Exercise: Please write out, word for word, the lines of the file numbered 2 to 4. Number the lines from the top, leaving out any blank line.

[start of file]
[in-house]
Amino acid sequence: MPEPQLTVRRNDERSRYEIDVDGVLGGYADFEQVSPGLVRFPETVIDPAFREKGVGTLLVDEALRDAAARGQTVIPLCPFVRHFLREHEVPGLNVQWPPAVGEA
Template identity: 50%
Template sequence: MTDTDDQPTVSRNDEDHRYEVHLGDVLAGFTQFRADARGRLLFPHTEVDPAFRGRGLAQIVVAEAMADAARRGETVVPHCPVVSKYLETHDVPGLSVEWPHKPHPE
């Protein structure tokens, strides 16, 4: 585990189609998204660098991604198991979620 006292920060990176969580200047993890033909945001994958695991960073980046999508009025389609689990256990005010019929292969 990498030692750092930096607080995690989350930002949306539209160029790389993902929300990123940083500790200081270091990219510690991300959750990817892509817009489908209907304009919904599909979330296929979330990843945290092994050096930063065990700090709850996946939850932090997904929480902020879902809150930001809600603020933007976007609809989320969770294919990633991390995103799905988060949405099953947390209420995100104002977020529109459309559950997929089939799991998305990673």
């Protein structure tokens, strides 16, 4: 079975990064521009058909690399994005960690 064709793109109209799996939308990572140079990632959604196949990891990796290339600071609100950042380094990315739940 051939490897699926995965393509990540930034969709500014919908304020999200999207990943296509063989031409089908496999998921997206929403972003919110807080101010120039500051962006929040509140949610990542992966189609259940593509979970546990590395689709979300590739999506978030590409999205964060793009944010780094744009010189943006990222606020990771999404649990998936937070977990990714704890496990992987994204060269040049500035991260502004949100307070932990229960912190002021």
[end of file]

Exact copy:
Amino acid sequence: MPEPQLTVRRNDERSRYEIDVDGVLGGYADFEQVSPGLVRFPETVIDPAFREKGVGTLLVDEALRDAAARGQTVIPLCPFVRHFLREHEVPGLNVQWPPAVGEA
Template identity: 50%
Template sequence: MTDTDDQPTVSRNDEDHRYEVHLGDVLAGFTQFRADARGRLLFPHTEVDPAFRGRGLAQIVVAEAMADAARRGETVVPHCPVVSKYLETHDVPGLSVEWPHKPHPE